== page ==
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The Wavering Due Date For Tax Returns

Posted on May 4, 2020

Today’s guest post is by Monte A. Jackel, a practitioner at Jackel Tax Law, Silver Spring, Maryland, with decades of experience in the private and public sector whose expertise includes procedural issues and a deep knowledge of Subchapter K. Part 2 of this post will run tomorrow. Les


I will be addressing two recent developments. First, in Part 1, I will discuss the relevant extended due dates for filing returns, paying tax and related matters due to the coronavirus pandemic. And second, which will run tomorrow in Part 2, I will discuss the ability of the IRS to force a taxpayer to make a retroactive law change when the tax return when filed was true, correct and consistent with applicable law at that time.

Extended Due Dates

Section 7508A(a) authorizes the Treasury Secretary or his delegate to extend the due date of certain acts, such as the filing of the individual income tax return and the payment of the tax, for up to one year in the case of a federally declared disaster. In addition, added as part of P.L. 116-94 in December 2019, new section 7508A(d) mandates a sixty-day period after the latest incident date to perform such acts.

Both the Joint Committee on Taxation explanation (JCX-30-19, June 18, 2019, pp. 86-88) and the House Report to P.L. 116-94 (H.R. Rpt. 116-379, Jan. 21, 2020, pp. 97-100) indicate that the 60-day period referred to in section 7508A(d) “is in addition to, or concurrent with, as the case may be, any period of suspension provided by the Secretary [under section 7508A(a) and (b)].”

Section 7508A(d) generally provides that, in the case of any qualifying taxpayer, the period beginning on the earliest incident date specified in the disaster area declaration and ending on the date that is 60 days after the latest incident date shall not count in determining the due dates for the acts specified in section 7508(a). Generally, a qualifying taxpayer is a person whose principal connection is with the United States.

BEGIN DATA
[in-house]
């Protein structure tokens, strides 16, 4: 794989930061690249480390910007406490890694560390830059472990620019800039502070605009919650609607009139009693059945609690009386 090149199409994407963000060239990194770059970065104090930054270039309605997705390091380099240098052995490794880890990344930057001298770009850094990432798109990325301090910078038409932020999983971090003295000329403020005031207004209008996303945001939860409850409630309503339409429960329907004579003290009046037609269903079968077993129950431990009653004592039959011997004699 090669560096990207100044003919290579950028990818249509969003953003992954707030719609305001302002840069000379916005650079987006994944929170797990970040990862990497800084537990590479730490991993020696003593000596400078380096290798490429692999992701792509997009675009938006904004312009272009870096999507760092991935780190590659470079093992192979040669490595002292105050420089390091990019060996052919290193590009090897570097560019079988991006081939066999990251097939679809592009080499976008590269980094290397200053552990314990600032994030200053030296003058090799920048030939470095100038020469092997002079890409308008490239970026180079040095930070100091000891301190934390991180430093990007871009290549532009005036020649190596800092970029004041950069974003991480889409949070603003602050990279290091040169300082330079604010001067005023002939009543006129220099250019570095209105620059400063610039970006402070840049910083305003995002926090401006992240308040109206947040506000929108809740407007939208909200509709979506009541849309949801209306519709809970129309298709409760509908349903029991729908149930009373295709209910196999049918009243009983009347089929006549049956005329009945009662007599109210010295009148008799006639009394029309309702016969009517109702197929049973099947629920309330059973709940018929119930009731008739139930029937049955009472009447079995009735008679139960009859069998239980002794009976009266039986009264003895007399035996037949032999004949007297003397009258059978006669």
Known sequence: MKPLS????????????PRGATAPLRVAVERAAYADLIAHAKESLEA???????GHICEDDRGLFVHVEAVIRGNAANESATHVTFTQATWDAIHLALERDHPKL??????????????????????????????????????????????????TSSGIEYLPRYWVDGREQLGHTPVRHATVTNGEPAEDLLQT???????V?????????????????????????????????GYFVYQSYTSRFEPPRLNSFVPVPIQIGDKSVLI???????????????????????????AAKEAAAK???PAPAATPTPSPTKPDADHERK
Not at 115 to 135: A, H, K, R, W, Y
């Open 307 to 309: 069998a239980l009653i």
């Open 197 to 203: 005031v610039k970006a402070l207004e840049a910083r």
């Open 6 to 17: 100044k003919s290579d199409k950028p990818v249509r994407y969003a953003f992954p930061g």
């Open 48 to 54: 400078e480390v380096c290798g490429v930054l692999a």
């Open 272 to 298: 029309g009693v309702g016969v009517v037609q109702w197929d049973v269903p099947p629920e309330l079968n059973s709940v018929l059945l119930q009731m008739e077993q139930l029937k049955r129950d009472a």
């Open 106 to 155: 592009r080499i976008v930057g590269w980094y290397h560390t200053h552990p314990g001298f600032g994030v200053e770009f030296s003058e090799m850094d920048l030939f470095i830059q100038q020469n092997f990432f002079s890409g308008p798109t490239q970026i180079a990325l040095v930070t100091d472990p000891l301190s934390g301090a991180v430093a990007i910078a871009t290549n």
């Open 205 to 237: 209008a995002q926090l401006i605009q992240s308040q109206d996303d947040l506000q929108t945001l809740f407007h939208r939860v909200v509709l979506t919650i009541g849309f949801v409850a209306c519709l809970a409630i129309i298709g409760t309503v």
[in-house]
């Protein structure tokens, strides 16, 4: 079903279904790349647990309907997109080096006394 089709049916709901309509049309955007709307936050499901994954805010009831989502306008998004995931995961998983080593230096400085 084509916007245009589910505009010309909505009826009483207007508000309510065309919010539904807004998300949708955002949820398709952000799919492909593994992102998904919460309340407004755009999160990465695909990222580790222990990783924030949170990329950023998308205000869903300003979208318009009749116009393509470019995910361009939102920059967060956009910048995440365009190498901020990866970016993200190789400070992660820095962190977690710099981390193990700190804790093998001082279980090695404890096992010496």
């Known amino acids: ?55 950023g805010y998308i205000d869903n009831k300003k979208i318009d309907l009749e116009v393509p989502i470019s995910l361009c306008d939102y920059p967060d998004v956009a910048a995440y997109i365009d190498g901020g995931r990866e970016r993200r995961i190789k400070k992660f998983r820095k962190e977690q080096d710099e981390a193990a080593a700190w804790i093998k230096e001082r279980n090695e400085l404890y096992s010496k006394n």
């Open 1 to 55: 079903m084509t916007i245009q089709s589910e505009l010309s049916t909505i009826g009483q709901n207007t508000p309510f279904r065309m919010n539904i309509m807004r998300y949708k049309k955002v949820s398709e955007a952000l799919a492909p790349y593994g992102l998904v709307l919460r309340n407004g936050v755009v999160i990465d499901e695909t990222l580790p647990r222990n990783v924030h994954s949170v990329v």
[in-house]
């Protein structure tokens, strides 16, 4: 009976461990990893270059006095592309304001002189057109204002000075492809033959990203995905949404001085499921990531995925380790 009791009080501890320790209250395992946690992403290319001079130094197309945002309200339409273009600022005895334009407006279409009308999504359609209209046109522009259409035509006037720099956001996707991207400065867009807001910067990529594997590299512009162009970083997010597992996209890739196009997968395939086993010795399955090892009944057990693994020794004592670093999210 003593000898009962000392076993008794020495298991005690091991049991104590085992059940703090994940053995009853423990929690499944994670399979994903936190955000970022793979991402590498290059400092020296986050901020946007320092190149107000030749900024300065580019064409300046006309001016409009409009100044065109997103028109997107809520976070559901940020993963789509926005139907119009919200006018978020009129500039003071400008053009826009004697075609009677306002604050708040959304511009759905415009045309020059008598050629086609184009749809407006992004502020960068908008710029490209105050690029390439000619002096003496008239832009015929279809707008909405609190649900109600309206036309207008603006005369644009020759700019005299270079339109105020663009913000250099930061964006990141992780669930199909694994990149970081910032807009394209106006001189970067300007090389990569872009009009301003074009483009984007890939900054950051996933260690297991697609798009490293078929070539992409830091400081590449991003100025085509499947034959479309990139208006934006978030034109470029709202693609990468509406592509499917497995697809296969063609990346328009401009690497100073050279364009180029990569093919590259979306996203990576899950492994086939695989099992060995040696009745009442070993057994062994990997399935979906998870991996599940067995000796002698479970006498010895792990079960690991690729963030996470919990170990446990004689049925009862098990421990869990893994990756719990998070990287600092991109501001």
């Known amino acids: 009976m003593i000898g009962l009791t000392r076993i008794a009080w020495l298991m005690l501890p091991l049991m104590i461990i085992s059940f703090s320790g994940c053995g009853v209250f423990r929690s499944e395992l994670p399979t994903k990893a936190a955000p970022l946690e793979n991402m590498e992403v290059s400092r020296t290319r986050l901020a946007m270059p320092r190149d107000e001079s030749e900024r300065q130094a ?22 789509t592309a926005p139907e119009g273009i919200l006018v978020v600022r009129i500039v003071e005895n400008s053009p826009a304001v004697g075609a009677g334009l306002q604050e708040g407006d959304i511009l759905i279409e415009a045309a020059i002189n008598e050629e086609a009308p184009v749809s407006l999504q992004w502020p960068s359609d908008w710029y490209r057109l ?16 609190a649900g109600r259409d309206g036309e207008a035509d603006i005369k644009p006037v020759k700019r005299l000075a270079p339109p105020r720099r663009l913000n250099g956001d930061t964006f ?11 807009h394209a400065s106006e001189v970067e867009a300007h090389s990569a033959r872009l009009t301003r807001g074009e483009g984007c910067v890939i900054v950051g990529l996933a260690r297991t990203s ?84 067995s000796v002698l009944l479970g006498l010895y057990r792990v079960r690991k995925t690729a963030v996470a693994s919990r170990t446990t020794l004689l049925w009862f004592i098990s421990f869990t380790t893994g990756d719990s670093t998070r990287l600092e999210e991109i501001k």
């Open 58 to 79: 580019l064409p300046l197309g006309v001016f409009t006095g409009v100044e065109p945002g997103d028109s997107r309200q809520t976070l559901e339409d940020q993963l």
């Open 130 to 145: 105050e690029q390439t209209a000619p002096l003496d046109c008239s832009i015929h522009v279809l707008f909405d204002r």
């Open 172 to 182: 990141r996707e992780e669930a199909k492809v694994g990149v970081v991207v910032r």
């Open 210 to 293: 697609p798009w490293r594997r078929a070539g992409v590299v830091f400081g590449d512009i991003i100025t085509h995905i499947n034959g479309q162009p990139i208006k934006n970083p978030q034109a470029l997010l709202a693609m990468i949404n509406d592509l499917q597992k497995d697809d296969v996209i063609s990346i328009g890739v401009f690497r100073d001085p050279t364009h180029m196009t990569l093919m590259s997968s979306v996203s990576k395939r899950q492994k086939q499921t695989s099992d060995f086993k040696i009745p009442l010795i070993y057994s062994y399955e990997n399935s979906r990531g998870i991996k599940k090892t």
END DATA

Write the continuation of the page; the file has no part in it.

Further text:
The president declared a national disaster for the coronavirus on March 13, 2020. The declaration consisted of a one-page declaration and a three-page letter. Together, these documents indicate a beginning date for the emergency of March 1, 2020, and indicate coverage throughout the United States.

FEMA followed up by issuing more specific guidance. However, it is not perfectly clear that the FEMA noticeshave the legal effect of modifying the terms of the presidential disaster declaration although that is presumably the end result that makes the most sense.

The language used in section 7508A(d) does not appear amenable to an emergency such as a pandemic which is continuing in nature with no objectively determinable beginning or ending dates. For example, if there is no ending incident date for the emergency, it would appear that the ending date would remain perpetually open and the specified due dates would never occur.

This, of course, makes no sense. And yet, recently issued pension regulations relating to the coronaviruscontain examples assuming both a beginning and ending date for the coronavirus pandemic and contain a general 60 day extension rule. Although section 7508A(d) is not cited in these regulations, the 60-day period seems more than a coincidence.

On April 29, the ABA Tax Section submitted a letter to the IRS with comments on the extension of various due dates relating to the coronavirus pandemic. It is a good and thorough letter. However, I would note that if the due dates are extended to the later of July 15, 2020 or 60 days from the end of the pandemic, as the report recommends, the IRS notices and revenue procedures already issued would need to be rewritten, supplemented and revised. For example, Notice 2020-23 is the key date extension guidance. It provides for a July 15 extended due date and does not cite or mention in any way section 7508A(d).

I was told from reliable informed sources inside the government that section 7508A(d) did not apply to the coronavirus pandemic because there was no “declaration date” in the presidential declaration and there was no “incident date” in this crisis like there would be for a hurricane or other natural disaster that is objectively determinable. That proposition is debatable. The JCT explanation, JCX-30-19, at pp. 87-88, discusses the statute but does not address a case like this although, literally, the JCT report could be read as mandatorily tacking on another 60 days at the end of the period regardless of the definitional terms in section 7508A(d) (incident date and declaration date). The House Report, H.R. Rep. 116-379, at p. 100, says more or less the same thing and does not clarify matters.

How likely is that to be done on a voluntary basis? Section 7508A(d) uses terms of art that specifically address specific objectively determinable disaster situations, such as a hurricane. I would not plan into using section 7508A(d) to obtain a date beyond July 15, 2020, but I would clearly raise the issue in an audit or in court. It is likely that a court will push to apply section 7508A(d) because, in cases such as the pandemic, the provision could otherwise be completely neutered.

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